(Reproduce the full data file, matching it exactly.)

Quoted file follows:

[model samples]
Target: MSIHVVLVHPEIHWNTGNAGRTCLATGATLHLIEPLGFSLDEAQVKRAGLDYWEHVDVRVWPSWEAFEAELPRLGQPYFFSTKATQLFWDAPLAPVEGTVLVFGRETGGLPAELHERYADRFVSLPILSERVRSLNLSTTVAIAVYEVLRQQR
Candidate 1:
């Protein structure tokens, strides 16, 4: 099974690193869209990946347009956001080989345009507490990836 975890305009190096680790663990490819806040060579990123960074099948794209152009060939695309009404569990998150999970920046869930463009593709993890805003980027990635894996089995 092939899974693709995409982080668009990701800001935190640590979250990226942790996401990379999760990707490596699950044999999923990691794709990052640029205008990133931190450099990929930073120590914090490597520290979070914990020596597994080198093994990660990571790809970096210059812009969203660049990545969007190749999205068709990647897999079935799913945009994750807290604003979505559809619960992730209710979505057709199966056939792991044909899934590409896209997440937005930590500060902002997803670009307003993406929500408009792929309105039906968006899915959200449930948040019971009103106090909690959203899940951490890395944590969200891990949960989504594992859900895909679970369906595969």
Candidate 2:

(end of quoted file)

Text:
[model samples]
Target: MSIHVVLVHPEIHWNTGNAGRTCLATGATLHLIEPLGFSLDEAQVKRAGLDYWEHVDVRVWPSWEAFEAELPRLGQPYFFSTKATQLFWDAPLAPVEGTVLVFGRETGGLPAELHERYADRFVSLPILSERVRSLNLSTTVAIAVYEVLRQQR
Candidate 1:
């Protein structure tokens, strides 16, 4: 099974690193869209990946347009956001080989345009507490990836 975890305009190096680790663990490819806040060579990123960074099948794209152009060939695309009404569990998150999970920046869930463009593709993890805003980027990635894996089995 092939899974693709995409982080668009990701800001935190640590979250990226942790996401990379999760990707490596699950044999999923990691794709990052640029205008990133931190450099990929930073120590914090490597520290979070914990020596597994080198093994990660990571790809970096210059812009969203660049990545969007190749999205068709990647897999079935799913945009994750807290604003979505559809619960992730209710979505057709199966056939792991044909899934590409896209997440937005930590500060902002997803670009307003993406929500408009792929309105039906968006899915959200449930948040019971009103106090909690959203899940951490890395944590969200891990949960989504594992859900895909679970369906595969």
Candidate 2: